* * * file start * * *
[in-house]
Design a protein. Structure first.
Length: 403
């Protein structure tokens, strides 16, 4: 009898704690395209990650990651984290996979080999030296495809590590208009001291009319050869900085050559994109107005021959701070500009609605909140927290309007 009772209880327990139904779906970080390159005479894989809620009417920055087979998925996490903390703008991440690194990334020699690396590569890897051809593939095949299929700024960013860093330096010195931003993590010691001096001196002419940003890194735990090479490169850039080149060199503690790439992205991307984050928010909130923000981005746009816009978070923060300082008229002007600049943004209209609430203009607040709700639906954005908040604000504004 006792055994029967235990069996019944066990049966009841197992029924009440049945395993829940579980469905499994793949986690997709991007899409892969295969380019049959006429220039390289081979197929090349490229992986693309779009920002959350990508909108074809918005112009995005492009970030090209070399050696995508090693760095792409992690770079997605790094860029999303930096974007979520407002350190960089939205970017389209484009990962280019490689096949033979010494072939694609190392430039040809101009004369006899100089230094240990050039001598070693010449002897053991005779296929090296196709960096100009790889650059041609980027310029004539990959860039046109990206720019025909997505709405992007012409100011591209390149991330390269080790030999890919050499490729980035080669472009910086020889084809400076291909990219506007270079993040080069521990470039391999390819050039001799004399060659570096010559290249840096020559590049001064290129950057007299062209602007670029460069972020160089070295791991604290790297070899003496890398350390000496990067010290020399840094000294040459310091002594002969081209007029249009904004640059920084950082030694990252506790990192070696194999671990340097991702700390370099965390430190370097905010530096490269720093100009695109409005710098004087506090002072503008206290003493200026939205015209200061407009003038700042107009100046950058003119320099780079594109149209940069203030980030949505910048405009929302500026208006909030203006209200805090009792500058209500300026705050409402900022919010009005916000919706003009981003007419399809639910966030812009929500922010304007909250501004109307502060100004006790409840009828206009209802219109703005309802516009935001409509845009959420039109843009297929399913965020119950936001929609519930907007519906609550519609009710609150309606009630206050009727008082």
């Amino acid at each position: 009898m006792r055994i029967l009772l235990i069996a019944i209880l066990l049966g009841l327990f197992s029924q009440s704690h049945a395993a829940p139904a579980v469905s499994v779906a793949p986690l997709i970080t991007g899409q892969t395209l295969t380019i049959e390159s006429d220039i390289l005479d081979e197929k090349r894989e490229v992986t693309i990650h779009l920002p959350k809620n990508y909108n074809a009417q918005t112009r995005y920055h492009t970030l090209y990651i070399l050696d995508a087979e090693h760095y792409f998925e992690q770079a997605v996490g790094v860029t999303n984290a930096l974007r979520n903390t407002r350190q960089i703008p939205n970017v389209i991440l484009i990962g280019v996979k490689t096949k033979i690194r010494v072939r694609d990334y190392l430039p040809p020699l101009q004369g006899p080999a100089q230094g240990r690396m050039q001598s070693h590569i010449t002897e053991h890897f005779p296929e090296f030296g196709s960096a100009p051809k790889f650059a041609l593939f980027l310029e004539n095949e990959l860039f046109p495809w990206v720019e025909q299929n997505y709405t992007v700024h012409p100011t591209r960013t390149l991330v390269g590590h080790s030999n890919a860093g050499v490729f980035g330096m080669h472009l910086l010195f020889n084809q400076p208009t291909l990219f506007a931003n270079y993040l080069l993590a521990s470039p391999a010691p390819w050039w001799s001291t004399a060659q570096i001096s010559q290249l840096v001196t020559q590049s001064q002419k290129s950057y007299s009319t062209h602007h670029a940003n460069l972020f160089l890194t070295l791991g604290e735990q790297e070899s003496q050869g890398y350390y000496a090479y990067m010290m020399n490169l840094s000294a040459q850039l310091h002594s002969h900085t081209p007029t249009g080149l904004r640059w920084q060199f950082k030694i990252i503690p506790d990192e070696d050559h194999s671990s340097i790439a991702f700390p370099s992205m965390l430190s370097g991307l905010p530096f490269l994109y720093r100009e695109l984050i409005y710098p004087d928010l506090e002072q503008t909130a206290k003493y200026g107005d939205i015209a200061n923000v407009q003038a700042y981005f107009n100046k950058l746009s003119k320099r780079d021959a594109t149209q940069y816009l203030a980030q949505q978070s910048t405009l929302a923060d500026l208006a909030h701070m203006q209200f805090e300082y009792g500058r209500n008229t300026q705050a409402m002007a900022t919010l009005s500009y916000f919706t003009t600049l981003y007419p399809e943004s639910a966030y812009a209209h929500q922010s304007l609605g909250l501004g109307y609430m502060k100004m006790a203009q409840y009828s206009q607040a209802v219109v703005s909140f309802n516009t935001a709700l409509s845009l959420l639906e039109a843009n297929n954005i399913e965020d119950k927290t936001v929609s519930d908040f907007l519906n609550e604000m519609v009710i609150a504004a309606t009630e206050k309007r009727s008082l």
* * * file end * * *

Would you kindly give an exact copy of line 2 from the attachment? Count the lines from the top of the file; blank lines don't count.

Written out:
Design a protein. Structure first.